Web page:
Many cities have taken measures in recent years to improve bike safety. Chicago recently added some high-traffic trails to reduce risk to bicyclists and there are now vending stations to rent bikes throughout Chicago. Unfortunately, many suburban areas have not made bike safety a priority. Some of these areas have been designed to favor pedestrians and cars.
One reason few suburbs have bike and pedestrian-friendly policies in place is that the number of people biking to work may be falling; bike crashes remain stubbornly high; and large gaps remain in the regional trail network. Sadly, an average of ten bicyclists are killed annually in the suburbs, and 1,171 are injured, according to Illinois Department of Transportation statistics.
Many suburbs have roads designed to link to busy highways, which must be crossed on high-speed arterial bridges. Bill Chalberg, 74, president of the Downers Grove Bicycle Club, said that to get to the Illinois Prairie Path he has to navigate around Interstate 88 by taking Highland Avenue or Midwest Road — both busy streets in Downers Grove. He said he is a confident cyclist and does not mind doing it, but others are too nervous.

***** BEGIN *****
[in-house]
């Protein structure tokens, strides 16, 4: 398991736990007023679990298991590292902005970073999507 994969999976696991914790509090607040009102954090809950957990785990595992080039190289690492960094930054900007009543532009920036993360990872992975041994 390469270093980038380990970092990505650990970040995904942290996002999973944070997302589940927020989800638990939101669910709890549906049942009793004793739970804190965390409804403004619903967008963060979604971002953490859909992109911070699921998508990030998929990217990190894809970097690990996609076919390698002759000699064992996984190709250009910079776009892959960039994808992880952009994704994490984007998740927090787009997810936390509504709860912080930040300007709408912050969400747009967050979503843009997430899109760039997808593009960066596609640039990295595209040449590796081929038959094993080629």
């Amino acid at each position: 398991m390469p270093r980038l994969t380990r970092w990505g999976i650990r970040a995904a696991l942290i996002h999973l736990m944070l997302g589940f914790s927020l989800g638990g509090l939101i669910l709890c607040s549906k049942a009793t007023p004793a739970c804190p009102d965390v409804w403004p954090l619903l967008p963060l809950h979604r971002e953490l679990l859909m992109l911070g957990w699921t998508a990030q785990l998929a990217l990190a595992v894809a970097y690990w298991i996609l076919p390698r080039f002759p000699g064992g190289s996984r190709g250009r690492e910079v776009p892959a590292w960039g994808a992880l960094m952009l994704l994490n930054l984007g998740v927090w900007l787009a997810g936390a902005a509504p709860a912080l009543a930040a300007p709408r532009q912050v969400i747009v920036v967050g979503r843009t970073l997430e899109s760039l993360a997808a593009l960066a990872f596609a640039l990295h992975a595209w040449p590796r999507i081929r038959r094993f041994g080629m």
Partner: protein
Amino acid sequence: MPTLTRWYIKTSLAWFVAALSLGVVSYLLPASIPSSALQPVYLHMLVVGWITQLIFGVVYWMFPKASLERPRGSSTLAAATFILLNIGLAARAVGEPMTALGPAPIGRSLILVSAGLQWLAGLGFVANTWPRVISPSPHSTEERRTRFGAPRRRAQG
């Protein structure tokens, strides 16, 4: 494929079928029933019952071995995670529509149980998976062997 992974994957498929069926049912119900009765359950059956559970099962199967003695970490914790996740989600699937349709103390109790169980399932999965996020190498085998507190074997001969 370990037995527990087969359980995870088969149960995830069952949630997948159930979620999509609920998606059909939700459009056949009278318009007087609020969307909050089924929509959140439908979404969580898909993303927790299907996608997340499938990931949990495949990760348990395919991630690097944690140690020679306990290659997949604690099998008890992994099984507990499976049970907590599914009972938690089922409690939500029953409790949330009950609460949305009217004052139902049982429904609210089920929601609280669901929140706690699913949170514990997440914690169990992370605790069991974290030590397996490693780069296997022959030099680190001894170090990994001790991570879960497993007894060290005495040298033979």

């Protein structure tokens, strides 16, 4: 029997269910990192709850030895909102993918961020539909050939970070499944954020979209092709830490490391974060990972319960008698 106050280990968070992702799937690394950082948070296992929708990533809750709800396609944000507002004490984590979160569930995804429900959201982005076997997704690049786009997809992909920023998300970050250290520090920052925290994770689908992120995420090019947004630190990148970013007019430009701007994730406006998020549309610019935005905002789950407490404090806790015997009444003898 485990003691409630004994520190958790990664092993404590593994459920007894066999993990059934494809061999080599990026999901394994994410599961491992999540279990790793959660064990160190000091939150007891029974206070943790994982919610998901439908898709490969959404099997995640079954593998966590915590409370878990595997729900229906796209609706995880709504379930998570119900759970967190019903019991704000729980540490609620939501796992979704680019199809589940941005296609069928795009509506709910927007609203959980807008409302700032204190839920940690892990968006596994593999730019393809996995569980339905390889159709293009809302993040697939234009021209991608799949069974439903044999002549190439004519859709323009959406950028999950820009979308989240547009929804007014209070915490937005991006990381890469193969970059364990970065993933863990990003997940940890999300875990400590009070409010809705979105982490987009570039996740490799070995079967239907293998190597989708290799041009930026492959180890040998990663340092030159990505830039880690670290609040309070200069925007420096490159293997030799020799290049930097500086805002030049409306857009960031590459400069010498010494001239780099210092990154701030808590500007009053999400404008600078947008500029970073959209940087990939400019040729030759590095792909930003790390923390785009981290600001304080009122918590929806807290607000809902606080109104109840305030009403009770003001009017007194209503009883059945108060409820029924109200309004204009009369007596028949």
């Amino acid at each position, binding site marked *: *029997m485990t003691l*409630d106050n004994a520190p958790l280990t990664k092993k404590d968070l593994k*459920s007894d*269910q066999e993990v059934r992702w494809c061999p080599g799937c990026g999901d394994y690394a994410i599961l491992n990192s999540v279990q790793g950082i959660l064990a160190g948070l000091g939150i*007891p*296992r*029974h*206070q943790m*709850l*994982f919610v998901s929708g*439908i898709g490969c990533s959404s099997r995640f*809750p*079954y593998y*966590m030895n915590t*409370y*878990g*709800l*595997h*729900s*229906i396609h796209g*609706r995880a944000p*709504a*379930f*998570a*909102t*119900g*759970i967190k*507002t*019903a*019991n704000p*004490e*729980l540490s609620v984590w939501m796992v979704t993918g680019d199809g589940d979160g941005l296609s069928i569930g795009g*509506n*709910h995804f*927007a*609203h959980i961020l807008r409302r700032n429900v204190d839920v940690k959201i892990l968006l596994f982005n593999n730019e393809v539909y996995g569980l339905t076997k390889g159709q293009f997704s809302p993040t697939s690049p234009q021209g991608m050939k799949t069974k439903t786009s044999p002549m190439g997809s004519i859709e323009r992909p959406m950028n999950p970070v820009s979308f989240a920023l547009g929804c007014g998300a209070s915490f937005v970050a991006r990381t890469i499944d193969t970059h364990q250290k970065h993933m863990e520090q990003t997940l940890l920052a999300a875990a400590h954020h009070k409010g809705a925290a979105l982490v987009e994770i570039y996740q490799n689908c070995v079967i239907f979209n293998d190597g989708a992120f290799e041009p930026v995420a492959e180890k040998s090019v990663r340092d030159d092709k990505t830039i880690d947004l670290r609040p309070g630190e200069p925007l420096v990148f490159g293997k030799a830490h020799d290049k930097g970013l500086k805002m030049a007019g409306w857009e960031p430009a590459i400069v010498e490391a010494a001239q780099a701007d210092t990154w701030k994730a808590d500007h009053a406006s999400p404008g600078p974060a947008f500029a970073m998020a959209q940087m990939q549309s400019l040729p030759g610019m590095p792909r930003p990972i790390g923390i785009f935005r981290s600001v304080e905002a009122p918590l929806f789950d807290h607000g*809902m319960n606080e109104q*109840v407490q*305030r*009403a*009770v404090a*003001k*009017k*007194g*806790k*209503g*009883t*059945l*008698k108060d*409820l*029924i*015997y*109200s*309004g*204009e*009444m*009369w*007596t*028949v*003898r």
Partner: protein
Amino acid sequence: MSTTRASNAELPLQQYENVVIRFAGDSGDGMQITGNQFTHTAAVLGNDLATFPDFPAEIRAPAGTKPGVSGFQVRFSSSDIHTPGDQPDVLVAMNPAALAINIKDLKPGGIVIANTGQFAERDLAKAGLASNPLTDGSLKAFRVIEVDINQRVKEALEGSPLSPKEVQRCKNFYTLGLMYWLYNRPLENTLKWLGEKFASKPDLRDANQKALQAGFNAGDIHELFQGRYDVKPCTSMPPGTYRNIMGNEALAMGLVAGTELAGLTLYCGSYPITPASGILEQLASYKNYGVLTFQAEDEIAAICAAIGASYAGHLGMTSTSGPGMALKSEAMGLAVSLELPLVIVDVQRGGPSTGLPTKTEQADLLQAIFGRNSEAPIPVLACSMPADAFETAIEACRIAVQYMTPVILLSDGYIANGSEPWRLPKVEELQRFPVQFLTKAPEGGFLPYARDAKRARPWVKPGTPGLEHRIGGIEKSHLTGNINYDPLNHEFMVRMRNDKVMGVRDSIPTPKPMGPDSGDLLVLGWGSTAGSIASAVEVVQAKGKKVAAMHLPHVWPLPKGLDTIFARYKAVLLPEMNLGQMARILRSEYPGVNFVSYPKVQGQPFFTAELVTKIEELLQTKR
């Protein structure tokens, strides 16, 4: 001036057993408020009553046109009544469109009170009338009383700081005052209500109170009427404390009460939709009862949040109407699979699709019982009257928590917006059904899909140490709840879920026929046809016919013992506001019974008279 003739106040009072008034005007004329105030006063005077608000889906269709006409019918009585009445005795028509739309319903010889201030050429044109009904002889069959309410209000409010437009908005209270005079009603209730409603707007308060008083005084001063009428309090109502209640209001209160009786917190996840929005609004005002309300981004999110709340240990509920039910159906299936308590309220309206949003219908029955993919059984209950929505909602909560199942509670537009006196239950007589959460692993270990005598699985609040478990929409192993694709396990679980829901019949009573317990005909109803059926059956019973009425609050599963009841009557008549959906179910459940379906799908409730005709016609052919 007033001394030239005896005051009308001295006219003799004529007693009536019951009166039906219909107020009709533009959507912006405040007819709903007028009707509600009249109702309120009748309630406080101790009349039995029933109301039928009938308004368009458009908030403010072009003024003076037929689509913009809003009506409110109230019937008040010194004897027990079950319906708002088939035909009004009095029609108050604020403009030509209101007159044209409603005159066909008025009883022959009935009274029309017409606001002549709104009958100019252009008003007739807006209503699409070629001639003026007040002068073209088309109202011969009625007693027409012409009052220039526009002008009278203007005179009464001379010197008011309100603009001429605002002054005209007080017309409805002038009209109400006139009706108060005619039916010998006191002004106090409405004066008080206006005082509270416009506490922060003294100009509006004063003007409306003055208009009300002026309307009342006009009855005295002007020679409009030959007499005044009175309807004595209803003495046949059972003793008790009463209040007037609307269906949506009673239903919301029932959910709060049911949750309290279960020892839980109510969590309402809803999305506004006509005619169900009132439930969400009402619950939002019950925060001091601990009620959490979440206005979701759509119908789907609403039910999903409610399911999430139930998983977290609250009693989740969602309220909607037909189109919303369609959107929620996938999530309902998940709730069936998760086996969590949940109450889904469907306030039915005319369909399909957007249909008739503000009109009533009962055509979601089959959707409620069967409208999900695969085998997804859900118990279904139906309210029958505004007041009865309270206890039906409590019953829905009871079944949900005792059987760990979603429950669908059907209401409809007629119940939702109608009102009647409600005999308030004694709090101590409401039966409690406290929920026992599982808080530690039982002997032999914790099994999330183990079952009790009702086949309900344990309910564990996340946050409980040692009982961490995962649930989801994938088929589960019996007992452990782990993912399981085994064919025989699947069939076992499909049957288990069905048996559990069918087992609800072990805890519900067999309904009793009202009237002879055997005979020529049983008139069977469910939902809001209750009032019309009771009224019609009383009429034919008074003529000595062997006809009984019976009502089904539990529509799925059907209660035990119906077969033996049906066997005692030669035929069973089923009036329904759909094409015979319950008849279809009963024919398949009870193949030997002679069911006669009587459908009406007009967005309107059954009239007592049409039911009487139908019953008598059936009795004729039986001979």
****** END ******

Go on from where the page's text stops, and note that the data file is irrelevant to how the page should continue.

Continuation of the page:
“I think there’s an opportunity to improve things by adding bike lanes,” said Chalberg. “It’s a leap of faith. If you put them in, slowly I think people will use them.”
Some suburbs are realizing that they need to incorporate more bike and pedestrian-friendly amenities like bike lanes to stay competitive with Chicago, which has gained some corporate employers at the expense of the suburbs. A few dozen of more than 280 municipalities in the metropolitan area have policies and plans in place to improve biking, according to the Active Transportation Alliance report.
“Towns realize that if they’re only designed for cars, they’re not seen as being an attractive place to live and work by young professionals,” said Barsotti. With the economy stagnating, more people would love to not have to have the expense of owning a car. Thanks to services like Uber and Lyft that can be a reality, even in the Midwest with our long winters.
One town that may serve as an example to other suburbs on how to become more pedestrian and bike-friendly is Aurora. Evanston, which also has protected bike lanes; and Bensenville, which is planning for specific trail and bike lane improvements. All of these efforts, over time can start to reduce the number of bicycle accidents.
If you or a loved one have been injured in an accident or are the victim of a bike accident due to someone else’s negligence, contact a skilled personal injury lawyer.